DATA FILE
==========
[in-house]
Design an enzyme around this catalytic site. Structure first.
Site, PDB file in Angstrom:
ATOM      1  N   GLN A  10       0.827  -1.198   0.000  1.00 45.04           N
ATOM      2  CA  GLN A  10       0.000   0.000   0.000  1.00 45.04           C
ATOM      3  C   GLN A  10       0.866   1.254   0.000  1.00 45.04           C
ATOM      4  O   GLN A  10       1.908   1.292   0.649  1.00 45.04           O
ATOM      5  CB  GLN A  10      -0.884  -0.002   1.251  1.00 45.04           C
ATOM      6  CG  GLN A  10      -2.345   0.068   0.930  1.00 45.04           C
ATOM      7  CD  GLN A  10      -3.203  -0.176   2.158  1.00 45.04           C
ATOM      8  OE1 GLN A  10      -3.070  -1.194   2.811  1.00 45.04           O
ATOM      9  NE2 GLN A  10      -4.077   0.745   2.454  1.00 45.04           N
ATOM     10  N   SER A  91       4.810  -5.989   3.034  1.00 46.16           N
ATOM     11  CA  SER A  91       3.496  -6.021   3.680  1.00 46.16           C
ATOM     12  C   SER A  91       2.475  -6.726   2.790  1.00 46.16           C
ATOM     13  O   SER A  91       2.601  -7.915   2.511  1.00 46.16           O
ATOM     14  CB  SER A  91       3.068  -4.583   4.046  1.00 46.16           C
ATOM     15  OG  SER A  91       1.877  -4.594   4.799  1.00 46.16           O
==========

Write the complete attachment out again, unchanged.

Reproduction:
[in-house]
Design an enzyme around this catalytic site. Structure first.
Site, PDB file in Angstrom:
ATOM      1  N   GLN A  10       0.827  -1.198   0.000  1.00 45.04           N
ATOM      2  CA  GLN A  10       0.000   0.000   0.000  1.00 45.04           C
ATOM      3  C   GLN A  10       0.866   1.254   0.000  1.00 45.04           C
ATOM      4  O   GLN A  10       1.908   1.292   0.649  1.00 45.04           O
ATOM      5  CB  GLN A  10      -0.884  -0.002   1.251  1.00 45.04           C
ATOM      6  CG  GLN A  10      -2.345   0.068   0.930  1.00 45.04           C
ATOM      7  CD  GLN A  10      -3.203  -0.176   2.158  1.00 45.04           C
ATOM      8  OE1 GLN A  10      -3.070  -1.194   2.811  1.00 45.04           O
ATOM      9  NE2 GLN A  10      -4.077   0.745   2.454  1.00 45.04           N
ATOM     10  N   SER A  91       4.810  -5.989   3.034  1.00 46.16           N
ATOM     11  CA  SER A  91       3.496  -6.021   3.680  1.00 46.16           C
ATOM     12  C   SER A  91       2.475  -6.726   2.790  1.00 46.16           C
ATOM     13  O   SER A  91       2.601  -7.915   2.511  1.00 46.16           O
ATOM     14  CB  SER A  91       3.068  -4.583   4.046  1.00 46.16           C
ATOM     15  OG  SER A  91       1.877  -4.594   4.799  1.00 46.16           O